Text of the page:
Good Practice

Bogotá Care System

How a city is reorganising itself so that caregivers can pursue personal development.

Bogotá City Council
Local policy


  • Address demands around balancing the provision of care so that caregivers can pursue personal development, well-being, income generation, etc.
  • Recognise caregivers’ contributions by means of a radical “ease-of-access” modality
  • Redistribute care work responsibility more equitably between women and men
  • Reduce women’s unpaid care work so that they can pursue personal development and self-care
  • Simultaneously provide services for those who provide care and those who require it. For example, while a caregiver attends a programme to finish high school, her family members can take part in play and physical activities, including those members with a disability


In Bogotá, 30% of women engage in unpaid care work full time, a situation affecting mainly low-income women, whose opportunities for professional development are hampered by care work overload.


  • 70% of caregivers cannot pursue basic education; fewer women are able to access jobs or entrepreneurship;
  • 21% have diagnosed illnesses;
  • 33% lack rest time; women lack economic autonomy.

Long-term consequences include: (1) wider educational gaps; (2) increasing health problems; (3) increasingly feminised poverty and the broader resulting impacts thereof.


Bogota’s Care System operates in three distinct ways:

1. Care Blocks: A new criterion for the city’s urban planning that gives centrality to caregivers and care work and organises the city to meet people’s needs. Care Blocks are situated so that services are located in an 800-metre vicinity and can be accessed within a 15- to 20-minute walk.

2. Care Buses: The mobile version designed for people who live in rural and outlying areas, guaranteeing rural and peasant caregivers have access to care services. This is especially important because caregivers in Bogotá’s rural areas devote more time to care work and often lack basic utilities like running water or electricity.

3. The “Home Care Delivery”: A programme designed for the 14% of full-time caregivers who cannot access Care Blocks or Care Buses due to the conditions of the people they care for, mainly individuals with severe disabilities who are seldom able to leave the household. Door-to-Door Care will deliver services to this special population in their own households, guaranteeing their access to the System.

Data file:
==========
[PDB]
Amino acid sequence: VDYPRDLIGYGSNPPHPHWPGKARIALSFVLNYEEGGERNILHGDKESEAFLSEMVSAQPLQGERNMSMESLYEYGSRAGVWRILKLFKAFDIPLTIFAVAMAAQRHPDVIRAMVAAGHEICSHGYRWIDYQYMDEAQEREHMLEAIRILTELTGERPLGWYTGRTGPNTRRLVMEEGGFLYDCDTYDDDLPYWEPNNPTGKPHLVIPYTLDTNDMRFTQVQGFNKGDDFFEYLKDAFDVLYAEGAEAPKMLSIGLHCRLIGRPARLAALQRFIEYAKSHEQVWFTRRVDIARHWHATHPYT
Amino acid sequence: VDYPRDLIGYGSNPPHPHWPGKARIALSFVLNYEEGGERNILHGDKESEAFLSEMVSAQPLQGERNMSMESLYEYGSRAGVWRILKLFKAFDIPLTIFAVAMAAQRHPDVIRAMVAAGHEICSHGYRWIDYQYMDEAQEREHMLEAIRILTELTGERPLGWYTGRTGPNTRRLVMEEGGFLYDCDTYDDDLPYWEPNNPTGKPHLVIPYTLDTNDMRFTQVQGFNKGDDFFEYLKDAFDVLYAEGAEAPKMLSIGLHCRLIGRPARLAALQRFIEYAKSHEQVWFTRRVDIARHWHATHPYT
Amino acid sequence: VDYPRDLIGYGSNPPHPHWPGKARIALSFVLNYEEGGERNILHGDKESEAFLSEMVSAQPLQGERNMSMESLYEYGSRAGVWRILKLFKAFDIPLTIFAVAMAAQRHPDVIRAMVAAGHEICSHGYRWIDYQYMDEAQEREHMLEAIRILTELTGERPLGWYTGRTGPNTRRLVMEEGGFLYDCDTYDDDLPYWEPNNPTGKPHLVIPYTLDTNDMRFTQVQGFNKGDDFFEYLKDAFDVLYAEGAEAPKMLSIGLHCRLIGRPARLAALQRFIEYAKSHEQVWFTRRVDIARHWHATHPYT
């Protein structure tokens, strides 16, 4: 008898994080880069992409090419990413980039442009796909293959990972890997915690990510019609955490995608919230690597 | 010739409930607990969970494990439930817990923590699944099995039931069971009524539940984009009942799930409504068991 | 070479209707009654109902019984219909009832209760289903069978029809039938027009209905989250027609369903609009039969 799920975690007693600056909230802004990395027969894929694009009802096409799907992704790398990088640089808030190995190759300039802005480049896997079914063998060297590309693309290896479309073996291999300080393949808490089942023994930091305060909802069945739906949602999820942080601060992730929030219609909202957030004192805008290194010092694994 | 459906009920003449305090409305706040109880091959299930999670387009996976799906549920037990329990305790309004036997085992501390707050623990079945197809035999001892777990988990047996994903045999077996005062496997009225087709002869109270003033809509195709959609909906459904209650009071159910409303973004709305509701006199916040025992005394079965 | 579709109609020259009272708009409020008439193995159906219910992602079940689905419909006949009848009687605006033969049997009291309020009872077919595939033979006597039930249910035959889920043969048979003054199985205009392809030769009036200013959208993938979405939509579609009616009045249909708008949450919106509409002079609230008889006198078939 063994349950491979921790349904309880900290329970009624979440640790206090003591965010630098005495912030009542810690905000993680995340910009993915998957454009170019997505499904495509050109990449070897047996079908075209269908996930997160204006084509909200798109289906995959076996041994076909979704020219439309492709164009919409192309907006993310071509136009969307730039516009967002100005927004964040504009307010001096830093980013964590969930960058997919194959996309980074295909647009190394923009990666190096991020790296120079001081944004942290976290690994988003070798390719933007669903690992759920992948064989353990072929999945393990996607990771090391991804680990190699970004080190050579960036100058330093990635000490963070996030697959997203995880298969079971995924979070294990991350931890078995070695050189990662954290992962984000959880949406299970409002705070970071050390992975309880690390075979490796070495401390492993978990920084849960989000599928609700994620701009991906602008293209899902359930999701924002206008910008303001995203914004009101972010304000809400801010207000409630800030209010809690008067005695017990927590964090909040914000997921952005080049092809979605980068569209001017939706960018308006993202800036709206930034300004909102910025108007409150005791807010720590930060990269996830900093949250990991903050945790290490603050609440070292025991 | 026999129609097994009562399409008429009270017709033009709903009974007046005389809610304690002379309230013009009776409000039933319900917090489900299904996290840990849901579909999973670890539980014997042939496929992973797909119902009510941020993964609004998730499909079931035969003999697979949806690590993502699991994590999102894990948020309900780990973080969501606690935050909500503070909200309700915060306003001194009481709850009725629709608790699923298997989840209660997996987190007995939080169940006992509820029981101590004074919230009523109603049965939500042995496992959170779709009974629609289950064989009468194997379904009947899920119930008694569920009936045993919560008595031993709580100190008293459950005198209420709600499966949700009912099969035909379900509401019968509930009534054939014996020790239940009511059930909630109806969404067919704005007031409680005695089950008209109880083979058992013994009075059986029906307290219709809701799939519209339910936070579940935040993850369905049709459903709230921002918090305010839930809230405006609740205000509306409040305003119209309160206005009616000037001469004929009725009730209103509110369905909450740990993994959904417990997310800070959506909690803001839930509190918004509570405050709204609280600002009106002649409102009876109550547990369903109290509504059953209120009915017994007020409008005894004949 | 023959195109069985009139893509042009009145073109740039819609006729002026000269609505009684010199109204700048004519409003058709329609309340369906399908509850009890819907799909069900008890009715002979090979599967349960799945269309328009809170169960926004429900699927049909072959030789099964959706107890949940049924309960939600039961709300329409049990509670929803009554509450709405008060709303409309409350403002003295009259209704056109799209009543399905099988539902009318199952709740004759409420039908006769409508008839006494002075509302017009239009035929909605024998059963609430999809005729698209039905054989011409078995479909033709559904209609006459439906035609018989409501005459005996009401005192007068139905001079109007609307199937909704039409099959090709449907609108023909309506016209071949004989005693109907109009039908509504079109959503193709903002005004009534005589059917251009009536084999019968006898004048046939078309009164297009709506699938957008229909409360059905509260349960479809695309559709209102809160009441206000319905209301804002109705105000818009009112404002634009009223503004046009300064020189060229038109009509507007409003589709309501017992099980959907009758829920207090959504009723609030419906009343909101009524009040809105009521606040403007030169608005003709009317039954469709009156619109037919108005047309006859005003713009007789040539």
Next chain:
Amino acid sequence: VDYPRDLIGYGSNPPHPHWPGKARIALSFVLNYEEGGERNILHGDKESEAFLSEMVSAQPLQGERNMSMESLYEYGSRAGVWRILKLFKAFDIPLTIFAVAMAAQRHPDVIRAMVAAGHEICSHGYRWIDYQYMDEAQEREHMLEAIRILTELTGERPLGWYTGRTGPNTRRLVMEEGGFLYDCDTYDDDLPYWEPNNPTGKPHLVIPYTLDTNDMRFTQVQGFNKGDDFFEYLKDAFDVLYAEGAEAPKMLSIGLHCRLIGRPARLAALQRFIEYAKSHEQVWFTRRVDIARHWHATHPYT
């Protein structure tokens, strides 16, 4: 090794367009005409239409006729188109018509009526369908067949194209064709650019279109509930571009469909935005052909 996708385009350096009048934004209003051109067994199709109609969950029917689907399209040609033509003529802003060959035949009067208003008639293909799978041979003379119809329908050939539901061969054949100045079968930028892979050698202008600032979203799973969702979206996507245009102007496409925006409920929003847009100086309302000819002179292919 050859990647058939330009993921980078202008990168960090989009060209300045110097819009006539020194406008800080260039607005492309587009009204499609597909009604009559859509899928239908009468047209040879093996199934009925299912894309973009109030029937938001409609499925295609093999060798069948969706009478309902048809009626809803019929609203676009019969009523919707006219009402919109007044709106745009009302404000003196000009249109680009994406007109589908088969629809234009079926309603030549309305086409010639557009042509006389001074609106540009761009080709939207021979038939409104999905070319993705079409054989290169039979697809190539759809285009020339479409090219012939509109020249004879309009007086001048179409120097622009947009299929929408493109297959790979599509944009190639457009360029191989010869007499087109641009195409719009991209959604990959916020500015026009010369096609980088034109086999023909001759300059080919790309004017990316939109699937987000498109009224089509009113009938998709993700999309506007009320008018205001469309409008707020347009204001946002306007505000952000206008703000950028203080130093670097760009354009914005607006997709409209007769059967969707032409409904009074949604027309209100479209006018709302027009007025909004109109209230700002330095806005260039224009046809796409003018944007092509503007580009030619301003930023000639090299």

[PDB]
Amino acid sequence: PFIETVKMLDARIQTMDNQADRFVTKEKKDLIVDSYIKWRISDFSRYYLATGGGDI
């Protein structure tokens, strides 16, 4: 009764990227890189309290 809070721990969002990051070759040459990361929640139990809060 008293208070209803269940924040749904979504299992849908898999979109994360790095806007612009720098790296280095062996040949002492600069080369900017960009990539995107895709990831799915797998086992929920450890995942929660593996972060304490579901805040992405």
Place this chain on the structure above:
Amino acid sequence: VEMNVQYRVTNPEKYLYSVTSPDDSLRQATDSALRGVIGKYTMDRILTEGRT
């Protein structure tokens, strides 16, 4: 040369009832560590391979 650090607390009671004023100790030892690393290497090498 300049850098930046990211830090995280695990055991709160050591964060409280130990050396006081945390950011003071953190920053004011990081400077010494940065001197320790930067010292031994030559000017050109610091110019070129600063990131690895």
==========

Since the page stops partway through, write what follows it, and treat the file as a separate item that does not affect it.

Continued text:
4. The Care System is also implementing a strategy for cultural change, called “Men’s Care Schools”, so that men can acquire housework skills and caring abilities.


  • Community Care Blocks located within an 800-metre vicinity enable most potential recipients to access them by a 15- to 20- minute walk from their homes
  • Lack of recognition for unpaid caregivers is the product of socio-cultural sense making, so long-lasting, powerful and sustainable change will require that the Care System transform cultural biases
  • The Care System simultaneously provides services for carers and care recipients; services can be brought to their homes if they are unable to leave


During 2021, the Care System provided 53,178 services to caregivers and their loved ones in the first 12 months of operations across the city. Of these, 10,416 were for care recipients, and over 10,180 women reached with the Care Buses in rural and outlying areas.

Likewise, 3,426 people, including Afro-descendant, Indigenous, trans, teens and elders, participated in 303 workshops as part of the ‘We can all learn to care’ programme.

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